Oil States amicus briefs seek to stabilize IPR constitutional footing   (Patently-O, 1 Nov 2017) - As per usual, the briefs are largely divisible into two categories: (1) direct merits arguments focusing on congressional power to enact the IPR regime; and (2) policy briefs arguing that IPRs do important work. I’ll note here that the focus of the policy briefs is on efficient and timely adjudication. I have not seen any of the briefs so far that recognize the third reality - that the PTAB is invaliding patents that would have been upheld by a court. For some reason amicus consider it appropriate to identify court failures in efficiency but not to identify failures in the substantive decisionmaking. The closest on-point is likely Apple’s Brief which promotes the “well-informed and correct” outcomes of the PTAB.    16-712bsacAppleInc . Overall, the collection of briefs here is quite strong. The most compelling brief in my view is that filed by the well-known team of Duffy and Dabney on behalf of several groups, including the Internet Association. They write: * * * [ Polley : Fairly arcane, but absolutely fascinating set of historical analyses, getting to the very fundamentals of US IPR jurisprudence.] top

        What does a Director of Knowledge Management for a legal firm do?    (KnoCo, 2 Nov 2017) - This month there were two “Director of KM” jobs advertised on linked-in. Let’s see what this job entails. “Knowledge Management” is a poorly defined term, and Knowledge Management jobs can range from low level data-entry clerks to high level strategic posts, and anything in between. However when you see “Director of Knowledge Management” vacancies, that tells you that this is a high level post. One of these advertised vacancies gives few details of the post, but the second, from CMS (the legal firm) gives a full list of responsibilities and characteristics. These are listed below * * * top

        New federal cybersecurity regulations force colleges to strengthen data management   (EdScoop, 2 Nov 2017) - A new set of federal regulations is forcing colleges and universities to tighten their cybersecurity practices, which will require changes in the way colleges manage their data, according to a   new report . Higher education institutions will have to fulfill new contractual obligations to maintain federal grants, research contracts and other transactions in which the institutions receive data from the federal government, according to the report, issued by Deloitte’s Center for Higher Education Excellence and nonprofit EDUCAUSE. In 2016, the U.S. Department of Education signaled it would make colleges comply with requirements laid out in the National Institute of Standards and Technology (NIST) Special Publication 800-171, which are designed to protect the confidentiality of “controlled unclassified information.” The first compliance deadline schools have to meet is Dec. 31. “Whether a college or university has many large government research contracts or one small contract, each institution will need to comply with these new data protection standards,” said Joanna Lyn Grama, director of cybersecurity and IT GRC programs at EDUCAUSE. “Simply put, the evolving higher education threat landscape and very complex regulatory environment means that ad-hoc approaches to data management and protection are no longer adequate and formalized information security programs, based on recognized frameworks and responsive to specific regulations, are required.” According to the report, while higher education CIOs and CISOs are aware of the new standard, “this awareness hasn’t necessarily translated into progress. “Many institutions are still working out how to get started and get everyone on board,” the report says. “Other institutions, notably those that receive significant defense research funding, are much further down the path.” Colleges will have to overcome many existing challenges in order to fulfill the requirements, according to experts at Deloitte and EDUCAUSE. And those challenges go beyond just technological problems. They also encompass organizational change management, training, end-user adoption and process controls. Specific challenges outlined in the report include a lack of executive and board-level attention on NIST’s regulations. top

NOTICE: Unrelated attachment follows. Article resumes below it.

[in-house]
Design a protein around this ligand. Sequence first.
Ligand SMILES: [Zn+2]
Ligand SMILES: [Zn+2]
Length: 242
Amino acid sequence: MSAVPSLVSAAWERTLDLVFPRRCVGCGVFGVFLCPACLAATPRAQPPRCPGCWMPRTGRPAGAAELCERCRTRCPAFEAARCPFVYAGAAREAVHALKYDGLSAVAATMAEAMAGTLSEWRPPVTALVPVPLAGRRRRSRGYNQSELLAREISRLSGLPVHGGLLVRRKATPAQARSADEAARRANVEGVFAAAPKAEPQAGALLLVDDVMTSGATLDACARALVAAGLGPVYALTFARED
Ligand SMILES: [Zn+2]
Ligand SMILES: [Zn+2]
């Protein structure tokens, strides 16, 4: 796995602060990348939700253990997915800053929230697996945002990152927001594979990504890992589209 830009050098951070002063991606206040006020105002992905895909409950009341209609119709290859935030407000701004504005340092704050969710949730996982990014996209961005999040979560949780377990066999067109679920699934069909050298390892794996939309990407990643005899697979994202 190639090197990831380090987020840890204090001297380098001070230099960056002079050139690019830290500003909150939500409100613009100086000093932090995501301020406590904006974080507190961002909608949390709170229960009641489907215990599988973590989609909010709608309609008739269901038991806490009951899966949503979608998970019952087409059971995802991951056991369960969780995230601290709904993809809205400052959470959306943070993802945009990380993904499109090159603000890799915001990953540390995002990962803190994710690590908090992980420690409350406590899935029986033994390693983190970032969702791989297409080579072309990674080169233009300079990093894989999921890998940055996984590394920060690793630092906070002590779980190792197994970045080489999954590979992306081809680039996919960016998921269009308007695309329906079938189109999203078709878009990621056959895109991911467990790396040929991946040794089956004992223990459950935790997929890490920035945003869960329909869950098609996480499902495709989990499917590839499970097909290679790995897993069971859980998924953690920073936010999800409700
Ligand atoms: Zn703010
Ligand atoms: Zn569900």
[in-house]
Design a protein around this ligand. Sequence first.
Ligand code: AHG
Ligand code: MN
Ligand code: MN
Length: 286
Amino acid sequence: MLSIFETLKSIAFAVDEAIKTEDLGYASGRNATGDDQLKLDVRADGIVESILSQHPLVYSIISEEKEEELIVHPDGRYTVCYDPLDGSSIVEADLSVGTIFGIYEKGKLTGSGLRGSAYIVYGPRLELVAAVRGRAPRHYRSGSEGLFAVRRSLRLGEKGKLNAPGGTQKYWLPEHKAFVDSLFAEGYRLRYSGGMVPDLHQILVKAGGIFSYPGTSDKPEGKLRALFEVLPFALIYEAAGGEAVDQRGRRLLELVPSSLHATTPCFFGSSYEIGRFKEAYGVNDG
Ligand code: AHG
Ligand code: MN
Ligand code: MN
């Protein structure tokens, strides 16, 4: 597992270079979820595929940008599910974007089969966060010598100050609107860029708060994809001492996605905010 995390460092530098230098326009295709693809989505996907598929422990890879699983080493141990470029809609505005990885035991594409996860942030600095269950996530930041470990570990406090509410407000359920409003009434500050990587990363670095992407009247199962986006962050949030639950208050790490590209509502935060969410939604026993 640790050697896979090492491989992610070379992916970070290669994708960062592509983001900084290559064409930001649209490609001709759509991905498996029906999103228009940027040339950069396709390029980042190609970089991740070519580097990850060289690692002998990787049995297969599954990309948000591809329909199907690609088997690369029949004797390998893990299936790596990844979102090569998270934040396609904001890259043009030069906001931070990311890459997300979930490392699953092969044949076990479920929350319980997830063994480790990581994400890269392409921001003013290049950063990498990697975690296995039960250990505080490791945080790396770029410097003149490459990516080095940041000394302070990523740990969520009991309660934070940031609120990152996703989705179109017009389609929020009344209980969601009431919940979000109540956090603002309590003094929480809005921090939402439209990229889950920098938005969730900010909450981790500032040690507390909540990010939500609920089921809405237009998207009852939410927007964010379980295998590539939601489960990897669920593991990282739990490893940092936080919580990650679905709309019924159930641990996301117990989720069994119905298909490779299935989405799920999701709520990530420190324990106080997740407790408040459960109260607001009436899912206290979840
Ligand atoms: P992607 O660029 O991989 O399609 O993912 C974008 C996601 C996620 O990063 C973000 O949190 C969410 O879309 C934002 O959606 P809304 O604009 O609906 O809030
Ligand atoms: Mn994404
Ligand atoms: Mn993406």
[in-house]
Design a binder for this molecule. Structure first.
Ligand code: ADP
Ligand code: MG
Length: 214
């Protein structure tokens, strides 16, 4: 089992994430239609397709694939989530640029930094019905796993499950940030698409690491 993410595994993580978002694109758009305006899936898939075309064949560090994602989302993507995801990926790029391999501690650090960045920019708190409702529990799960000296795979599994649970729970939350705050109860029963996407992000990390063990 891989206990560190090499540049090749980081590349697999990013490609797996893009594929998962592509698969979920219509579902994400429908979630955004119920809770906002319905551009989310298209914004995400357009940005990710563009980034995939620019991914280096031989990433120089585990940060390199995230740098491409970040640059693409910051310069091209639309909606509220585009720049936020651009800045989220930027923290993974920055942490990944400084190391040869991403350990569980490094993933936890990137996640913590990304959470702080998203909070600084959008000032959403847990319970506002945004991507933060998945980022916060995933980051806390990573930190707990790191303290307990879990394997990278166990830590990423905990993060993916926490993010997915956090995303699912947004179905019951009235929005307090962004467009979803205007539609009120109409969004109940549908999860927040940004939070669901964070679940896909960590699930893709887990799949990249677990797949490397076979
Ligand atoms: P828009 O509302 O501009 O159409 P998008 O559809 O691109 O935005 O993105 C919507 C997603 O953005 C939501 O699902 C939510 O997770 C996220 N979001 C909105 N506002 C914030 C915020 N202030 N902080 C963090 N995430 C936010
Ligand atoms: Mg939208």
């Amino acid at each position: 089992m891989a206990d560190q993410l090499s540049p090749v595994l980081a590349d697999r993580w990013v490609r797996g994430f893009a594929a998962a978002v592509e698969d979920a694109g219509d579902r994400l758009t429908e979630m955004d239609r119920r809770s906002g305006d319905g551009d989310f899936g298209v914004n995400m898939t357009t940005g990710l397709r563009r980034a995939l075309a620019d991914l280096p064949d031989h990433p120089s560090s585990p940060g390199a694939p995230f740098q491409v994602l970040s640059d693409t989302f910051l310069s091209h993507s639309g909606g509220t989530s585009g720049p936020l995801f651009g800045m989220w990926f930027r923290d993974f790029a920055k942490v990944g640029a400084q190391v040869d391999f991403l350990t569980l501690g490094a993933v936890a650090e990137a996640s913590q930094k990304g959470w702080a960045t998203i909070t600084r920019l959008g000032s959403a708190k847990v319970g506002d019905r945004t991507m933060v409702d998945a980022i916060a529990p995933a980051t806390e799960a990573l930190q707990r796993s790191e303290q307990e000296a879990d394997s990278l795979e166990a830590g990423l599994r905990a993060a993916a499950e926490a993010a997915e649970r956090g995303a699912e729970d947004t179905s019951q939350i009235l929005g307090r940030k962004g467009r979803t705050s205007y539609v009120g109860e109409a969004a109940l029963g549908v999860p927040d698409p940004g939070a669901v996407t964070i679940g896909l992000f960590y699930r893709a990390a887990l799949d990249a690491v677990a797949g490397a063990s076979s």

35 states and DC back bid to collect online sales taxes   (USA Today, 3 Nov 2017) - Thirty-five state attorneys general and the District of Columbia this week signed on to support South Dakota’s legal bid to collect sales taxes from out-of-state Internet retailers. South Dakota is asking the U.S. Supreme Court to review whether retailers can be required to collect sales taxes in states where they lack a physical presence. The case could have national implications for e-commerce. South Dakota Attorney General Marty Jackley said in a statement Thursday that Colorado filed a friend-of-the-court brief supporting South Dakota’s petition to the high court. The state is seeking to overturn legal rulings issued mostly before the online shopping boom that hamstring officials who want to collect sales taxes from out-of-state retailers. States have pushed Congress to address the issue without success, and one estimate put the loss to states at roughly $26 billion in 2015. South Dakota estimates it loses about $50 million annually to e-commerce. “The problem with the physical-presence rule is that it was first conceived of in 1967, two years before the moon landing and decades before the first retail transaction occurred over the Internet,” according to the brief. Some companies such as Amazon have decided to collect state sales taxes despite the precedent. South Dakota legislators passed a law last year requiring collection of the tax. The law was struck down in September by the state Supreme Court due to precedent. The state had welcomed the defeat so it could try to get the U.S. Supreme Court to take up the case. top